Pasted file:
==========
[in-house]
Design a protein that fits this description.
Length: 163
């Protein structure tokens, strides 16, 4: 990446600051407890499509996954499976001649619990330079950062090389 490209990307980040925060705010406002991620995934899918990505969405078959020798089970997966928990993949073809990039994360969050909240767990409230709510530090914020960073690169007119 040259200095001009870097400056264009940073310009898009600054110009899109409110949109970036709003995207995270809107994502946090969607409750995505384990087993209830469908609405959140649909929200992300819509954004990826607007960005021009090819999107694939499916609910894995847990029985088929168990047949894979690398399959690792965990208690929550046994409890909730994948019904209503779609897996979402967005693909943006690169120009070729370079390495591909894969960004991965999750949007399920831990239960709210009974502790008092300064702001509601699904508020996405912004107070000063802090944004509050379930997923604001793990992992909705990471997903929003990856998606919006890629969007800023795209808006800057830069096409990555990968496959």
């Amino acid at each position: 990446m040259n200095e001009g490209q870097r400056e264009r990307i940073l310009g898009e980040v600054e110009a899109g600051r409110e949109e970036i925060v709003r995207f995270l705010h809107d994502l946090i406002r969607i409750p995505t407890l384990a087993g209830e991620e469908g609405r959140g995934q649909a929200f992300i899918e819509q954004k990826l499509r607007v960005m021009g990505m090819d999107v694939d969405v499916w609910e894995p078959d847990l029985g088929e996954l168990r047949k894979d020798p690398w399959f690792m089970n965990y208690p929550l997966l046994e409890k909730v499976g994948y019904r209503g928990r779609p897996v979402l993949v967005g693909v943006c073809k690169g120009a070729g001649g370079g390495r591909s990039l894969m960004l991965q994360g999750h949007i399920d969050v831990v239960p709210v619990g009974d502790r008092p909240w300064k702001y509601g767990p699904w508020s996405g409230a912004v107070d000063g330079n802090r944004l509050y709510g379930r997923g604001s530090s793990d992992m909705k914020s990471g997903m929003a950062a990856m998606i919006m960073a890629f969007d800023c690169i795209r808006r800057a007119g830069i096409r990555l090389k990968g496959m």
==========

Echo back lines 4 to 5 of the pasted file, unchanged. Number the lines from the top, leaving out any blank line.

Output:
């Protein structure tokens, strides 16, 4: 990446600051407890499509996954499976001649619990330079950062090389 490209990307980040925060705010406002991620995934899918990505969405078959020798089970997966928990993949073809990039994360969050909240767990409230709510530090914020960073690169007119 040259200095001009870097400056264009940073310009898009600054110009899109409110949109970036709003995207995270809107994502946090969607409750995505384990087993209830469908609405959140649909929200992300819509954004990826607007960005021009090819999107694939499916609910894995847990029985088929168990047949894979690398399959690792965990208690929550046994409890909730994948019904209503779609897996979402967005693909943006690169120009070729370079390495591909894969960004991965999750949007399920831990239960709210009974502790008092300064702001509601699904508020996405912004107070000063802090944004509050379930997923604001793990992992909705990471997903929003990856998606919006890629969007800023795209808006800057830069096409990555990968496959």
């Amino acid at each position: 990446m040259n200095e001009g490209q870097r400056e264009r990307i940073l310009g898009e980040v600054e110009a899109g600051r409110e949109e970036i925060v709003r995207f995270l705010h809107d994502l946090i406002r969607i409750p995505t407890l384990a087993g209830e991620e469908g609405r959140g995934q649909a929200f992300i899918e819509q954004k990826l499509r607007v960005m021009g990505m090819d999107v694939d969405v499916w609910e894995p078959d847990l029985g088929e996954l168990r047949k894979d020798p690398w399959f690792m089970n965990y208690p929550l997966l046994e409890k909730v499976g994948y019904r209503g928990r779609p897996v979402l993949v967005g693909v943006c073809k690169g120009a070729g001649g370079g390495r591909s990039l894969m960004l991965q994360g999750h949007i399920d969050v831990v239960p709210v619990g009974d502790r008092p909240w300064k702001y509601g767990p699904w508020s996405g409230a912004v107070d000063g330079n802090r944004l509050y709510g379930r997923g604001s530090s793990d992992m909705k914020s990471g997903m929003a950062a990856m998606i919006m960073a890629f969007d800023c690169i795209r808006r800057a007119g830069i096409r990555l090389k990968g496959m």